Knowing Japans commuter bikes weren’t exactly top of the range, we didn’t care when we caught sight of them. They looked like women’s bikes with a basket on the front and so we adjusted our seats and figuring out the route to the small temple, we were on our way. As soon as we set off, we both had great big smiles on our faces cycling towards our first port of call; Mister Donut. Constantly we would talk about how much fun the bikes were and how much easier it was to get around on them compared to taxis or buses. I was the first to enter the magical world of Mister Donut’s bakery and came back out with some amazing treats for myself. Once Craig had bought his baked goods, we were soon on our way to the temple cycling along the pathway having a great time.

Soon though, an uphill road would approach us so we braced ourselves and pedalled up. What made things harder for us was the shape of the handlebars on our bikes. We managed to arrive in one piece to temple Enkouji and immediately became aware of the peaceful setting with nobody around the area, which I had been waiting for on this trip. The first sight we came across was the tranquil stone pathways, bright white gravel, magnificent temple architecture, beautiful Bonsai trees creating a sense of peace. As we couldn’t take our bikes any further towards the temple area we had no choice but to leave them at the entrance steps. Craig decided to test Japans trust even more by leaving his bag of donuts in his basket. However, it was too much to handle if he had lost them so he brought them with him anyway.

A 500-yen admission fee was paid by each of us and we managed to gain another stamp for our collection along the way. Up the stone steps we went already admiring the beautiful surroundings hearing nothing but nature enjoying the new environment we were in. We truly were lost for words for the first time in Kyoto knowing deep down that there were more wonders to see. We soon entered the temple with our shoes off walking onto the famous tatami mat. The temple was truly fascinating and then we continued around the small Japanese garden area passing through small ponds and bamboo trees until we came to a set of stairs leading away from the temple area and towards the gravestones, which in themselves were quite beautiful to behold. As it was quite late, the sun was very low in the sky, which was creating a beautiful backdrop of Japan.

We continued our climb to a higher vantage point noticing more unique stone structures and monuments. It was at this moment we both witnessed a most breath-taking view of Kyoto below the forest hills and valleys surrounding the city. We both sat for a while embracing the views and a sense of peace as Craig ate his donuts. Suddenly we could hear singing which we actually mistook for a Buddhist ceremony but instead it was someone singing an opera solo of ‘Nessun Dorma’. Anyway, it was time to leave fully satisfied with what we had seen thanks to Arlene’s local knowledge and recommendation.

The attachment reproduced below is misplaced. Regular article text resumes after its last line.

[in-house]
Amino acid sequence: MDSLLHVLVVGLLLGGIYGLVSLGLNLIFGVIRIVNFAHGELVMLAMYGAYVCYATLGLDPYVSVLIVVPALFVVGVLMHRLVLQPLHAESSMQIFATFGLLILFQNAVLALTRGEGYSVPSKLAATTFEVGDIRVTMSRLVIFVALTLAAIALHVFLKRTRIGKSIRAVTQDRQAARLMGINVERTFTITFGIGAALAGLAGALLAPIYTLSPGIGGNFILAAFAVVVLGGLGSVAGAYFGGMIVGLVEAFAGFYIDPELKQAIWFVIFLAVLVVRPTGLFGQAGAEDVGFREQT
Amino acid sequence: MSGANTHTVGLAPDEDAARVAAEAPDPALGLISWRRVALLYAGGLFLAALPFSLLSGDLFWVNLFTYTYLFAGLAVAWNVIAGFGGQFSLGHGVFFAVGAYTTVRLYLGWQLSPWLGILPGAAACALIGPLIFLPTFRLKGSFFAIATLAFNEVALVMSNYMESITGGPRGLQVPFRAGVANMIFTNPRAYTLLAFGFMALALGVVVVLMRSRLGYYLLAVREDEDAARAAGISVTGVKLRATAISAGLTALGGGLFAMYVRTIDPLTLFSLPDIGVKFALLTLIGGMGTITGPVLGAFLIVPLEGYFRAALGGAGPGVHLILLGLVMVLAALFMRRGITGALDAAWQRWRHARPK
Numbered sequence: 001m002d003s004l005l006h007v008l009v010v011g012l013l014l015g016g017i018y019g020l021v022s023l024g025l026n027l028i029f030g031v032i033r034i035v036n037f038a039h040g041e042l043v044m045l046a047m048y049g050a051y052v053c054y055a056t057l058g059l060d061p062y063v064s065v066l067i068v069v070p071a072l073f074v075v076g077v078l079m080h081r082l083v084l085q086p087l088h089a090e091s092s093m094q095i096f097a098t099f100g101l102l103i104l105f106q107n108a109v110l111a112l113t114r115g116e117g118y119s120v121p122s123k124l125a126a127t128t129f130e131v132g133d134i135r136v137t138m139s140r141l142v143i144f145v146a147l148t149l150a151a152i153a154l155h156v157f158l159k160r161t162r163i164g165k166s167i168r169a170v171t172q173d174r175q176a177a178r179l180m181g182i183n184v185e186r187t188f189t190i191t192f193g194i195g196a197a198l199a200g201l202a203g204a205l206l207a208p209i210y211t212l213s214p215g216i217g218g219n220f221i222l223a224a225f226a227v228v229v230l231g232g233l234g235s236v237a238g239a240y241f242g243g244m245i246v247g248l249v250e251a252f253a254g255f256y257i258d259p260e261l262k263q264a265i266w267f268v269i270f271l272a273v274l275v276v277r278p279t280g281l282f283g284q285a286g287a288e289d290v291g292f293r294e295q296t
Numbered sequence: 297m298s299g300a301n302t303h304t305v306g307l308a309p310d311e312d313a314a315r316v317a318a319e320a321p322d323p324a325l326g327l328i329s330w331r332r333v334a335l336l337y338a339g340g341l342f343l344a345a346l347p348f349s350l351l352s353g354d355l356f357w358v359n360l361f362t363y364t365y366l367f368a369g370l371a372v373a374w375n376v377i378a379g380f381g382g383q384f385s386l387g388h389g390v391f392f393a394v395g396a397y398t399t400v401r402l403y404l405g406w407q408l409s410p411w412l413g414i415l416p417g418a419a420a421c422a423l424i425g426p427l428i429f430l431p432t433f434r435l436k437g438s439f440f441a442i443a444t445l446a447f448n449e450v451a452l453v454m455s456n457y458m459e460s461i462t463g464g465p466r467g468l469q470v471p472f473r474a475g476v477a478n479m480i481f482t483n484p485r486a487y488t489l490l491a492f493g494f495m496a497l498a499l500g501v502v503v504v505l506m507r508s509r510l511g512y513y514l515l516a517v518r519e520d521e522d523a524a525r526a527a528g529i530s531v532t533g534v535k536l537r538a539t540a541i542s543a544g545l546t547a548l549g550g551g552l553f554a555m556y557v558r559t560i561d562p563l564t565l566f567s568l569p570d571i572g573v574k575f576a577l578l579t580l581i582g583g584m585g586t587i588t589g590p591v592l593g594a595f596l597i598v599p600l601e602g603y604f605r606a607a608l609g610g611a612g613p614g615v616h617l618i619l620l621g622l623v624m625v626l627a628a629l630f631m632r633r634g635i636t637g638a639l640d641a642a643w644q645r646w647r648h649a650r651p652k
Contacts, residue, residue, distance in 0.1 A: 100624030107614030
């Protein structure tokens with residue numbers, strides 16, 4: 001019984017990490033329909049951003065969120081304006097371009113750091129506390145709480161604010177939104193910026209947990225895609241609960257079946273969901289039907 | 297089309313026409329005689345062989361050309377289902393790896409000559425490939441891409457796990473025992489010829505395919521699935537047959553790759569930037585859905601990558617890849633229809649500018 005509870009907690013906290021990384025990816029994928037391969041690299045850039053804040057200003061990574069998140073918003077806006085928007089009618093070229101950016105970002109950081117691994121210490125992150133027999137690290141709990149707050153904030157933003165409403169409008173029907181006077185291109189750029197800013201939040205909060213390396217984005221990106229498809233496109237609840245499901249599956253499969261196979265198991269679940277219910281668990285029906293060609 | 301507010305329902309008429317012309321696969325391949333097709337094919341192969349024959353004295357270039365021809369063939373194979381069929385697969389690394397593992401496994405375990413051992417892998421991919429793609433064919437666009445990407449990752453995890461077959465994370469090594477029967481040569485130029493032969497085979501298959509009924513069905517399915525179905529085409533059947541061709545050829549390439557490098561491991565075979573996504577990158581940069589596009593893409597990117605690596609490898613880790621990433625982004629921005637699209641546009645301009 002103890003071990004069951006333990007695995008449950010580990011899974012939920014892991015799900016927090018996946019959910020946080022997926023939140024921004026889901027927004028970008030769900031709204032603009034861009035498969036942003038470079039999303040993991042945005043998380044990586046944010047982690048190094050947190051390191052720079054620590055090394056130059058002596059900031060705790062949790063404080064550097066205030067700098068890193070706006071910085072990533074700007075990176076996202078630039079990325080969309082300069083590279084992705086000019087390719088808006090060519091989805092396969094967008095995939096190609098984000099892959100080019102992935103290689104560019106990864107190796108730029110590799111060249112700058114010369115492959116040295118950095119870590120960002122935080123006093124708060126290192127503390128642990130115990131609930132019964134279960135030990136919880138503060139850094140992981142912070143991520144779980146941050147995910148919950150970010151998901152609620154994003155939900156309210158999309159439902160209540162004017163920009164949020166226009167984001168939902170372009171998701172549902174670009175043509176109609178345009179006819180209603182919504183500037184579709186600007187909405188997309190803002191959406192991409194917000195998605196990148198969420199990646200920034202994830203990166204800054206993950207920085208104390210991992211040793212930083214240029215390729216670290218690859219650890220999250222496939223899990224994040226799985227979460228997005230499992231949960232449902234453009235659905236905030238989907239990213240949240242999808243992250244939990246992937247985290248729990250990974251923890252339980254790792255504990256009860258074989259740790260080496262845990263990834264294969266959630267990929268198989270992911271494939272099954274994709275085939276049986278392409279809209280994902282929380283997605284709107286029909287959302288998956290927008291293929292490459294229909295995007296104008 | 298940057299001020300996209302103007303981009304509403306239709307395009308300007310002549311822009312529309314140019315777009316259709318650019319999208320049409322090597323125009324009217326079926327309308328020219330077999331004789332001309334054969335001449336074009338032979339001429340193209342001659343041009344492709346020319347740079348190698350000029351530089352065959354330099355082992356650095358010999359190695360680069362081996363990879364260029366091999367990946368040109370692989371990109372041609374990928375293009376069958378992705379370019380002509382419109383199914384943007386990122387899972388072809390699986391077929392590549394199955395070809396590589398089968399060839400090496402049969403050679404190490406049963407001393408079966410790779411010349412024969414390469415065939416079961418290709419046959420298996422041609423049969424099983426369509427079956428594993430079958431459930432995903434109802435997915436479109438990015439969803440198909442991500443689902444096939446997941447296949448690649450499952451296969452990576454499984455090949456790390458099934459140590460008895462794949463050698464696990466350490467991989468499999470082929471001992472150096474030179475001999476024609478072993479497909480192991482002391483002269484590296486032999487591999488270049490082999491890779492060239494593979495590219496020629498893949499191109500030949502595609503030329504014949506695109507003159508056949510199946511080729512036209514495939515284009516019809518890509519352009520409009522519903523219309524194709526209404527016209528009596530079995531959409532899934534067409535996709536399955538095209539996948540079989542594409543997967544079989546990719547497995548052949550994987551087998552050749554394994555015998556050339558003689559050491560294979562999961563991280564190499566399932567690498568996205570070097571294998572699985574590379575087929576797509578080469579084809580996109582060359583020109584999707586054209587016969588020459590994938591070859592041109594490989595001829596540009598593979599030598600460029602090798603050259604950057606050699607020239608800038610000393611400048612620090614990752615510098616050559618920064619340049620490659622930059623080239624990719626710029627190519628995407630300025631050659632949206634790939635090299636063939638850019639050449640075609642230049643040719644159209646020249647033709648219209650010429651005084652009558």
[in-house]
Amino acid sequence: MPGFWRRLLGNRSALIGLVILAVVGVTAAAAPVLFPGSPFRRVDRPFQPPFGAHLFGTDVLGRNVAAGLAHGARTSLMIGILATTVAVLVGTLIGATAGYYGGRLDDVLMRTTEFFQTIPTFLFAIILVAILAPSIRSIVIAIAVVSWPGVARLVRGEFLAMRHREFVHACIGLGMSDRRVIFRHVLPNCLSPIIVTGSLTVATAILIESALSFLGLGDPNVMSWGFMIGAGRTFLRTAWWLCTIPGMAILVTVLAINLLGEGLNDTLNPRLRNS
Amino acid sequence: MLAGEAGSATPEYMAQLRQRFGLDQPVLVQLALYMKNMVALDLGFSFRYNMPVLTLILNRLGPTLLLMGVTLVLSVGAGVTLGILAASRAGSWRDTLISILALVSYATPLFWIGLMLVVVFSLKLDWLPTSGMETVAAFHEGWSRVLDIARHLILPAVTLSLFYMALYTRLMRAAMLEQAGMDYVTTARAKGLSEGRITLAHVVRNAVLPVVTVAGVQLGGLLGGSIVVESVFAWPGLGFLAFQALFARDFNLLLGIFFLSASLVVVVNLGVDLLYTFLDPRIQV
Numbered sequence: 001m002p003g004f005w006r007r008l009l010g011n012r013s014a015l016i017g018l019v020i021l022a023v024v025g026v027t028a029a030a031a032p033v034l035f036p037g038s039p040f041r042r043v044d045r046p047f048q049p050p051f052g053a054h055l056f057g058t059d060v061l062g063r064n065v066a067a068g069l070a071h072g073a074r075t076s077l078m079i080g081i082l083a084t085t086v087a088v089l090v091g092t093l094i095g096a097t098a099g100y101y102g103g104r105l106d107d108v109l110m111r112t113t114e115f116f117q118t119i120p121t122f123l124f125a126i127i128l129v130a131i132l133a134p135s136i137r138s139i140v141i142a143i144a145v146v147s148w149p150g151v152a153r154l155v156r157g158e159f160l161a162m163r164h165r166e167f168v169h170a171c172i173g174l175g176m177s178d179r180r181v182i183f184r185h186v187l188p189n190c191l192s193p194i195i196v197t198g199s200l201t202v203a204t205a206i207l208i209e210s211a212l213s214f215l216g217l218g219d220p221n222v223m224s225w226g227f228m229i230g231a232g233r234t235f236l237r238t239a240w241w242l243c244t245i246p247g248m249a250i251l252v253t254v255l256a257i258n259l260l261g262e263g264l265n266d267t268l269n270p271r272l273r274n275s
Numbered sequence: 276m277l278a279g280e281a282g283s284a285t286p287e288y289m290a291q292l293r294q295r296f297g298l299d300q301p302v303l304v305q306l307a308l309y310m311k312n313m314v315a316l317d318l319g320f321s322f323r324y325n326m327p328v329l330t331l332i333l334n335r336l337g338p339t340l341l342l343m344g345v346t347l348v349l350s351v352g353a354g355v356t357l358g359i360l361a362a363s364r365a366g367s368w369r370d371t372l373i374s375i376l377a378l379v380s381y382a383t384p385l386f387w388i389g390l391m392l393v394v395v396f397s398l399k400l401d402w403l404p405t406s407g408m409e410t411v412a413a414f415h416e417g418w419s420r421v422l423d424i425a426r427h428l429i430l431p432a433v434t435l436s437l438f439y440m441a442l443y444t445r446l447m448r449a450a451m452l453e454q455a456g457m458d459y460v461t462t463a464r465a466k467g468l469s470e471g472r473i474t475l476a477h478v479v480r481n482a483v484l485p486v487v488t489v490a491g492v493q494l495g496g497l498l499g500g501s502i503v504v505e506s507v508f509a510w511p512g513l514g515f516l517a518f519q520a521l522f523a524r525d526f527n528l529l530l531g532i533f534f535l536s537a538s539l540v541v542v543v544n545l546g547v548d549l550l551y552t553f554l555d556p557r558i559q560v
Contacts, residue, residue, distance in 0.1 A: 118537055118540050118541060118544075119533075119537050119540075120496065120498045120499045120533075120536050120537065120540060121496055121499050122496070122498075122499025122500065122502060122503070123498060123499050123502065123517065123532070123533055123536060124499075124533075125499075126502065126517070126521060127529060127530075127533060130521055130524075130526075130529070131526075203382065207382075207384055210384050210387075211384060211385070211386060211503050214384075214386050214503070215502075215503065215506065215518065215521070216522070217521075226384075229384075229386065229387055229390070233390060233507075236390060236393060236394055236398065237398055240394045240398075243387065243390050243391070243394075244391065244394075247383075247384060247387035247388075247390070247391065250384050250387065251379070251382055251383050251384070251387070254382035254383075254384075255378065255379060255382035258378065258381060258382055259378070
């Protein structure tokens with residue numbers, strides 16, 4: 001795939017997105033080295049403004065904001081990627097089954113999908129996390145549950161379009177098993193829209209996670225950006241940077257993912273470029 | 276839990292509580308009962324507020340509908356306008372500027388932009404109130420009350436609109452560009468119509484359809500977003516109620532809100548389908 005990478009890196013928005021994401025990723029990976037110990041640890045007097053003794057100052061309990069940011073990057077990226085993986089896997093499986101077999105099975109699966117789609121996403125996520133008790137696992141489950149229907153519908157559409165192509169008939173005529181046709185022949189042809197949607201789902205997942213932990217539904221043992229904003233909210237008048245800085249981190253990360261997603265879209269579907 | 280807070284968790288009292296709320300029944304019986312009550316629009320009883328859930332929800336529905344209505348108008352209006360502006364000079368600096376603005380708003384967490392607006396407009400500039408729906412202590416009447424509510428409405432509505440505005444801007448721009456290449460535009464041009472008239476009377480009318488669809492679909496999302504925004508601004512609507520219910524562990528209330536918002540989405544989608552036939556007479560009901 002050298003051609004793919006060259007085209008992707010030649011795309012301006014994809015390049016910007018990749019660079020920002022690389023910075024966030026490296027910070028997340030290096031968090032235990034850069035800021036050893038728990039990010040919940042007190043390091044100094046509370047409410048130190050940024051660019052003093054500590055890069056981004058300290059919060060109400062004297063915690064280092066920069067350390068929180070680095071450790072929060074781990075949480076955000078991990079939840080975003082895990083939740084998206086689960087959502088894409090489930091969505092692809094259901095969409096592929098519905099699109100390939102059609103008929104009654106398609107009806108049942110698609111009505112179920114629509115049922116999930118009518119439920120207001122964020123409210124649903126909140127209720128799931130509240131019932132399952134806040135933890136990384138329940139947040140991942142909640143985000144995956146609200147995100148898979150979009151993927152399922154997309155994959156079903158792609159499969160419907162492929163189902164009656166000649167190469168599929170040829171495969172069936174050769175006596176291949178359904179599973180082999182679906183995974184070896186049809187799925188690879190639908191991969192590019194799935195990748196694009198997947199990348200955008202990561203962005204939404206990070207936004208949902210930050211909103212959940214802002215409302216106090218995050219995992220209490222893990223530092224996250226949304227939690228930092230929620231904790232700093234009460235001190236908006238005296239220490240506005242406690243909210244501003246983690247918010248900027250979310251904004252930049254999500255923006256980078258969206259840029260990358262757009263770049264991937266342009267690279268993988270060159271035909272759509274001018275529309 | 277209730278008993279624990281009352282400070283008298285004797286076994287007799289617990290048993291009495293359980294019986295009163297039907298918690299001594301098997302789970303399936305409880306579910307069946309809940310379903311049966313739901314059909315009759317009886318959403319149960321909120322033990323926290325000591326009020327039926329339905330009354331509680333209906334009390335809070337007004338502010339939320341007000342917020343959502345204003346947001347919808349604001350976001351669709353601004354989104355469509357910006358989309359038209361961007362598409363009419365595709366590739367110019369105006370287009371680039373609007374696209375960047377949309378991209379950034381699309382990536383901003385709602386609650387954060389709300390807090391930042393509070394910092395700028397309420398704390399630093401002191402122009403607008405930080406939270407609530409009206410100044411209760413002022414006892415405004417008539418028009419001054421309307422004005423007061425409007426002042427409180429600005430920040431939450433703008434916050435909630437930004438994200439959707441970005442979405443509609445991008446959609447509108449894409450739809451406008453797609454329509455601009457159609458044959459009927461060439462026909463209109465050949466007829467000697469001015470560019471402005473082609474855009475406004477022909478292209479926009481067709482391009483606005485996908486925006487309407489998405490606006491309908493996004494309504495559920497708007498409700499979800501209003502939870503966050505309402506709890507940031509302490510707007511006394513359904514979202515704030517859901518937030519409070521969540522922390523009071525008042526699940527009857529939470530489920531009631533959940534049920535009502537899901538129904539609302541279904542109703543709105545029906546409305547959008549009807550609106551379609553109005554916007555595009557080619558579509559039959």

What was great with the journey back was the fact we were freewheeling downhill all the way to the apartment weaving past quite a lot of people along the narrow streets. We soon returned the bikes to the parking area and entered the apartment immediately talking to Arlene about our temple trip. I was sure she could tell by the great smiles on our faces that we had a brilliant couple of hours out on the bikes. She soon had to leave us though in order to pick up her son and so with the night still young, we decided to head out too exploring a bit more of the area we were in. To be honest it was quite a nice walk along the streets but we still had to watch out for cyclists coming up behind us both. We also stopped a few times to admire the odd shop and restaurants with their amazing food displays through the window.

As we both already had our fill of food thanks to Mister Donuts bakery, we decided to turn back to the apartment for our first night in Kyoto. For the first time and most likely the last time in life I would have to share a double bed with Craig and jokingly I said to him ‘ok Craig, remember, I am not Heather’ so an invisible line was drawn in the bed which we couldn’t cross. What was funny at this point was that I began to miss my small companion Jasmine the cat from Tokyo who would try to grab my camera strap or notebook thread. I then fell asleep with great hope that tomorrow would be full of adventure and sights for us to both enjoy.